Oct 26
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My Grandfather and My Typewriter

The click-clack of the computer eyes soothed my ears as I sipped from the cold can of iced tea next to me. The clickity of hard keys was a sound I was quite accustomed to, but not the ones of a computer. No, I prefered the click click of heavy typewriters, the keys cold against my fingertips. Not a day goes by that I don’t miss my old typewriter, an old scratched thing my grandfather had gotten one day at the dump.

Some old lady had handed it to him and told him to get rid of it, told him that it no longer worked, the stupid thing, and that it was a piece of junk but he saw my name stamped onto the keys and couldn’t bring himself to do it. Of course, this was weeks before my mother announced she was pregnant so how could he have even known? When I was born and my mother named me, all he could do was cry. He had known my name before even my mother knew it. She and my father tossed around names like Gracie or Ivy or Abigail. My grandfather always knew was never a Gracie or an Ivy or an Abigail. For my second birthday, he gave me the typewriter.

He brought it all around town before finding a withered old man who could fix the broken typewriter. I learned how to type on that at the same time I was learning how to read and speak. Honestly, that old typewriter was what taught me my first words. My grandfather and the withered old man taught me how to use the typewriter, how to fix it when it was jammed. When my mother died, I typed out letter after letter to send her off with. My grandfather relocated me and my typewriter to his home shortly after, seeing as my father couldn’t take care of me.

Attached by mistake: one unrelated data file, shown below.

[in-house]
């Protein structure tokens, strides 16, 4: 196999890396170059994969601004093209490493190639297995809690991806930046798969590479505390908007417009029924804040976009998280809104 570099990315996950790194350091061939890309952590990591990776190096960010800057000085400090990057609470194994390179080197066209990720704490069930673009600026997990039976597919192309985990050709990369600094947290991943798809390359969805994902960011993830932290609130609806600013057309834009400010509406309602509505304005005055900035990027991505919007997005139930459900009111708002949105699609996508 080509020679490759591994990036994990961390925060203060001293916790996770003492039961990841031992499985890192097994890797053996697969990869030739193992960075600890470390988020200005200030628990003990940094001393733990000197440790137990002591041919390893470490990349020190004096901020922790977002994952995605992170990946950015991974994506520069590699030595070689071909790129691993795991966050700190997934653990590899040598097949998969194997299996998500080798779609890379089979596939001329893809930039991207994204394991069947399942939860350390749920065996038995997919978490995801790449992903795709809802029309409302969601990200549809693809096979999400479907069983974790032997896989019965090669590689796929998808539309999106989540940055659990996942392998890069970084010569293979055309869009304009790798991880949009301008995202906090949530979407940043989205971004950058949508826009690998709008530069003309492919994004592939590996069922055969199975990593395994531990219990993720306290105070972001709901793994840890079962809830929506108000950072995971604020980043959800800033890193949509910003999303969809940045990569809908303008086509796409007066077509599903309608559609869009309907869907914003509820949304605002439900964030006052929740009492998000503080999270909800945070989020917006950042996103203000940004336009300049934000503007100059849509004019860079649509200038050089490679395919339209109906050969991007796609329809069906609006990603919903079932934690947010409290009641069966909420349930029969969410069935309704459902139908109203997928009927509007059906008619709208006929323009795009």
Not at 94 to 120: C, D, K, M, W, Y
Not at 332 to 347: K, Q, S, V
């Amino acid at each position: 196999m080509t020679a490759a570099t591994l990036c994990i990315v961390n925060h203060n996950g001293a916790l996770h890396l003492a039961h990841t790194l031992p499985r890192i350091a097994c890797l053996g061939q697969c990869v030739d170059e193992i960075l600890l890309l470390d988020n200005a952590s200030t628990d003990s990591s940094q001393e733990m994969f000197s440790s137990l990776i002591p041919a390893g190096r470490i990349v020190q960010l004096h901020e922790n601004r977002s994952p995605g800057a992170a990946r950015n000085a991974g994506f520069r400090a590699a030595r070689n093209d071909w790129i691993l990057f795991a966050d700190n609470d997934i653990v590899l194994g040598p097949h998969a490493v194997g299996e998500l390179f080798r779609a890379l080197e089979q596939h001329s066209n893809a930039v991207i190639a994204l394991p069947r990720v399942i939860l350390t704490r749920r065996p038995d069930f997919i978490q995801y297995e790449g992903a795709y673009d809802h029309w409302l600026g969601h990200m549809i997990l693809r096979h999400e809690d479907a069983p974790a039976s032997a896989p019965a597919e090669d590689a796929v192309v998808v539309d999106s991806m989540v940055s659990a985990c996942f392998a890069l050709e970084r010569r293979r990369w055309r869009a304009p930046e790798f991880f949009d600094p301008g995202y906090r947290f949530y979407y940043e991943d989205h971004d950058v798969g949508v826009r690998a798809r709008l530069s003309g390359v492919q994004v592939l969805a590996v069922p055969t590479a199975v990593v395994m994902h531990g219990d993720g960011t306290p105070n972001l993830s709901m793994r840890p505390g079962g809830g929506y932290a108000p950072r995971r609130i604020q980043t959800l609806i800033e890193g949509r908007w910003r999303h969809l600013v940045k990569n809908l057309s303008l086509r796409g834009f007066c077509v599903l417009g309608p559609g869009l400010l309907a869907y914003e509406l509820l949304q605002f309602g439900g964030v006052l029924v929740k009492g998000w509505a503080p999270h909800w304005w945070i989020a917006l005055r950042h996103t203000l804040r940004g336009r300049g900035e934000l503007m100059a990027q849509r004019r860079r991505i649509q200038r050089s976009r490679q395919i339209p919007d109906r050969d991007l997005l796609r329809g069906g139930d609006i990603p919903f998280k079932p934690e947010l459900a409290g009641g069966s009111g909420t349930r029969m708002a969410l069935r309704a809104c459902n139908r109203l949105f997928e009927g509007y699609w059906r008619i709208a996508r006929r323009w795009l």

There, I learned how to find words hidden inside of empty puddles and poems written in the sky. Many nights, we would sit on the windowsills, our feet dangling out over the world, dreaming of stories and songs and poems written in the stars. Of course all that had to end eventually because everything ends. My grandfather withered away as well until he was simply a hollow husk next to me. There were many days before his death I would sit with him and spin stories out of air, pulling words like dust from the rafters. The day he died, I was sitting in the old barn by his house and he was at the hospital, being forced artificial air. The air stirred and then stilled and my keys were stuck. I couldn’t type anything except iloveyou over and over and over.

    My typewriter sits on the nightstand of my dorm room. It no longer works daily, despite the many people I have gone to see. Of course I’ll always keep it around, running my fingers over the keys with my fingertips, and on the anniversary of my grandfathers death, the stiff keys will click out iloveyouiloveyouiloveyou but never with spaces because the space key doesn't work.
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